Occasionally American Indian: Joining, Leaving, and Staying in the American Indian/Alaska Native Race Category between 2000 and 2010
Carolyn A. Liebler, University of Minnesota
Renuka Bhaskar, U.S. Census Bureau
The number of American Indian and Alaska Native (AIAN) responses in successive censuses has increased for decades. We decompose the newest decennial increase using uniquely-suited linked data which allows us to know a person’s race response(s) in both years. For example, we describe the characteristics of those who self-reported single-race non-Hispanic AIAN in both censuses (727,000), and compare them to those who joined that population (308,000) and those who left that population by 2010 (299,000). We test prior ideas about who joins, stays, or leaves the populations of single-race and multiple-race Hispanic and non-Hispanic AIANs. For example, we ask whether most “new” AIAN people previously reported single-race white with AIAN ancestry, are well-educated, and/or are living in non-traditionally AIAN areas. We provide substantial information about previously unseen groups – those who joined or left the AIAN response group, and those who remained AIAN between 2000 and 2010.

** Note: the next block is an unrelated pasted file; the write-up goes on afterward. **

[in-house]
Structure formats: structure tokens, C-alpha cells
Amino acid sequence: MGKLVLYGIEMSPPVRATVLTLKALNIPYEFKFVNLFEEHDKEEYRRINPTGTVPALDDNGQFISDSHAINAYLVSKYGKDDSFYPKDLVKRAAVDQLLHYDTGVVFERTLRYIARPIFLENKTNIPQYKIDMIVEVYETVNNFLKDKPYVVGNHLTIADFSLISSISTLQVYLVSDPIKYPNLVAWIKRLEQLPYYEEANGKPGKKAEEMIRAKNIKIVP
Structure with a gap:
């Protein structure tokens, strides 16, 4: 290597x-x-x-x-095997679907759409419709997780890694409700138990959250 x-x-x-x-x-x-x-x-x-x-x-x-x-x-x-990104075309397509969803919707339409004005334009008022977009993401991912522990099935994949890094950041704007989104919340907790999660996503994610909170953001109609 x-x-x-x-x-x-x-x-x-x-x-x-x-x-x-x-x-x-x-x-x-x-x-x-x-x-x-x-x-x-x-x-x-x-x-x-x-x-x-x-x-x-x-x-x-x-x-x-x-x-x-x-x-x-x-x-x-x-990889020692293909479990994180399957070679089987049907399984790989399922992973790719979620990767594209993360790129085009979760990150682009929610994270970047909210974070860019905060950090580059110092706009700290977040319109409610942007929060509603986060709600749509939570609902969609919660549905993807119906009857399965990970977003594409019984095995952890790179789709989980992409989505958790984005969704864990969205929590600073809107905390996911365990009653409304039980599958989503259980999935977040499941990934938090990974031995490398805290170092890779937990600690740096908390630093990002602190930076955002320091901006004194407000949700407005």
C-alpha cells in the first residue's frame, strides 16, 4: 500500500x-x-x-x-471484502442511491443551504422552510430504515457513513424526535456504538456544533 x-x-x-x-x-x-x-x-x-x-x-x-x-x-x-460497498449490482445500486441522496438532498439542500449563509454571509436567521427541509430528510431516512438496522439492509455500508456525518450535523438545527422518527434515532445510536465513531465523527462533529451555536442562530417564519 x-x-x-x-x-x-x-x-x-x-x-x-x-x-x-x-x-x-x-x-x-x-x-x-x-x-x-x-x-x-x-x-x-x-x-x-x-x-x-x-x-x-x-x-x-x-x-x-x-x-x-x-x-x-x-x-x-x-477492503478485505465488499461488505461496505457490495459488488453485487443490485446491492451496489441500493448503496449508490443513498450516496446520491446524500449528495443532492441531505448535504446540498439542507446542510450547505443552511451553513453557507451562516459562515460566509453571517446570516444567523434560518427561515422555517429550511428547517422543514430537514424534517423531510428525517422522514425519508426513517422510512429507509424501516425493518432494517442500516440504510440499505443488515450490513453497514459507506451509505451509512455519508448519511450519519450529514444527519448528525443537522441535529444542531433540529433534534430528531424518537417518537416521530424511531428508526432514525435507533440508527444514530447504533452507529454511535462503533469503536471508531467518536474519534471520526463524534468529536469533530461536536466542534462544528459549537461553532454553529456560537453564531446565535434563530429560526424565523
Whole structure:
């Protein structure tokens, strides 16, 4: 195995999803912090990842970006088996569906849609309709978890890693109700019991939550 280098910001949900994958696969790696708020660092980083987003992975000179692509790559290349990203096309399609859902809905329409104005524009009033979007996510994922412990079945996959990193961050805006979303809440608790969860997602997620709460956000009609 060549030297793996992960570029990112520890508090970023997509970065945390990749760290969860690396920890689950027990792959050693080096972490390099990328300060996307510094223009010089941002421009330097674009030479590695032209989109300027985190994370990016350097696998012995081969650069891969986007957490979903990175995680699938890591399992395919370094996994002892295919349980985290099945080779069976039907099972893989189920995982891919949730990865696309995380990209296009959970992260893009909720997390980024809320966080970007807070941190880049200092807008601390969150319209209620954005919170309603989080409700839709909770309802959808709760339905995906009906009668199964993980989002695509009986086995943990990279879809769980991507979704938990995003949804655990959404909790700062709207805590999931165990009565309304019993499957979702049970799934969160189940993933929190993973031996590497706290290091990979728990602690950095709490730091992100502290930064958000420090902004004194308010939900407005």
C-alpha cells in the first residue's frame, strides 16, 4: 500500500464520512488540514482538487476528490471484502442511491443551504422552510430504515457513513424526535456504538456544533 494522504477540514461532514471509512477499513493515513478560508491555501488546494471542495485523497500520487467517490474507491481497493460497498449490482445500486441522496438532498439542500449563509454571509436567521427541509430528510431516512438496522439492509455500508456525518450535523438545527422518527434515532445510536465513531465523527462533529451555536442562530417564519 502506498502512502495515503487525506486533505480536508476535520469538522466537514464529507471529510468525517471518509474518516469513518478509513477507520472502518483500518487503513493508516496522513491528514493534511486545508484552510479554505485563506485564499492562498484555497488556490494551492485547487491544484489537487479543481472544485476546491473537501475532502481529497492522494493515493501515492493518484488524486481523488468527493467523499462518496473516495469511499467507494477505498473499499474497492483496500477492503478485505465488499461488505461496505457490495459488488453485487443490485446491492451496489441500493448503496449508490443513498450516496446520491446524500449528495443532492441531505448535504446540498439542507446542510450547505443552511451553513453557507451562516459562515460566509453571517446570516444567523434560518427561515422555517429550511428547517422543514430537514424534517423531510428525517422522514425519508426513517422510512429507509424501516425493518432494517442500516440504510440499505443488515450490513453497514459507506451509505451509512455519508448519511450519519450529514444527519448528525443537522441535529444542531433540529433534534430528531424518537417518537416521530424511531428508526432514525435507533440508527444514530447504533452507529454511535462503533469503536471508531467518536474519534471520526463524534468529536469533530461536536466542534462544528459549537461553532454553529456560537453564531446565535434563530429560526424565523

Presented in Session 37: Demography and Ethno-Racial Inequality I